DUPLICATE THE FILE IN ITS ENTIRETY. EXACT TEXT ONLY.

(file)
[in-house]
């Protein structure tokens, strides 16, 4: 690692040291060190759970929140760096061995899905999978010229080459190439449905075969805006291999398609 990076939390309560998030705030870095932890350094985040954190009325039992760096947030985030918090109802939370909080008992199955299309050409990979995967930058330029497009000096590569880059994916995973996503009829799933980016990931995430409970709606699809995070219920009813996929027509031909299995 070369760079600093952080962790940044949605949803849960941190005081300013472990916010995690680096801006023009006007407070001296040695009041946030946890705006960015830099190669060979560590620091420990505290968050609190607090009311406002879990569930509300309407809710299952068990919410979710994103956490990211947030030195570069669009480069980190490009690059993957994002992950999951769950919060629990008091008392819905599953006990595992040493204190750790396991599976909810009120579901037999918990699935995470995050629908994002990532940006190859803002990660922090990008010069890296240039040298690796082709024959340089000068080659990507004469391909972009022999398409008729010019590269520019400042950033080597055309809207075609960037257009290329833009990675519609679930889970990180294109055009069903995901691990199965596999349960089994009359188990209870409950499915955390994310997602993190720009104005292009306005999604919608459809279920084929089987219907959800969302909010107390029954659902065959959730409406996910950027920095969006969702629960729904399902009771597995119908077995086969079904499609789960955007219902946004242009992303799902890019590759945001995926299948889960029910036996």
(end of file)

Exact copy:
[in-house]
């Protein structure tokens, strides 16, 4: 690692040291060190759970929140760096061995899905999978010229080459190439449905075969805006291999398609 990076939390309560998030705030870095932890350094985040954190009325039992760096947030985030918090109802939370909080008992199955299309050409990979995967930058330029497009000096590569880059994916995973996503009829799933980016990931995430409970709606699809995070219920009813996929027509031909299995 070369760079600093952080962790940044949605949803849960941190005081300013472990916010995690680096801006023009006007407070001296040695009041946030946890705006960015830099190669060979560590620091420990505290968050609190607090009311406002879990569930509300309407809710299952068990919410979710994103956490990211947030030195570069669009480069980190490009690059993957994002992950999951769950919060629990008091008392819905599953006990595992040493204190750790396991599976909810009120579901037999918990699935995470995050629908994002990532940006190859803002990660922090990008010069890296240039040298690796082709024959340089000068080659990507004469391909972009022999398409008729010019590269520019400042950033080597055309809207075609960037257009290329833009990675519609679930889970990180294109055009069903995901691990199965596999349960089994009359188990209870409950499915955390994310997602993190720009104005292009306005999604919608459809279920084929089987219907959800969302909010107390029954659902065959959730409406996910950027920095969006969702629960729904399902009771597995119908077995086969079904499609789960955007219902946004242009992303799902890019590759945001995926299948889960029910036996």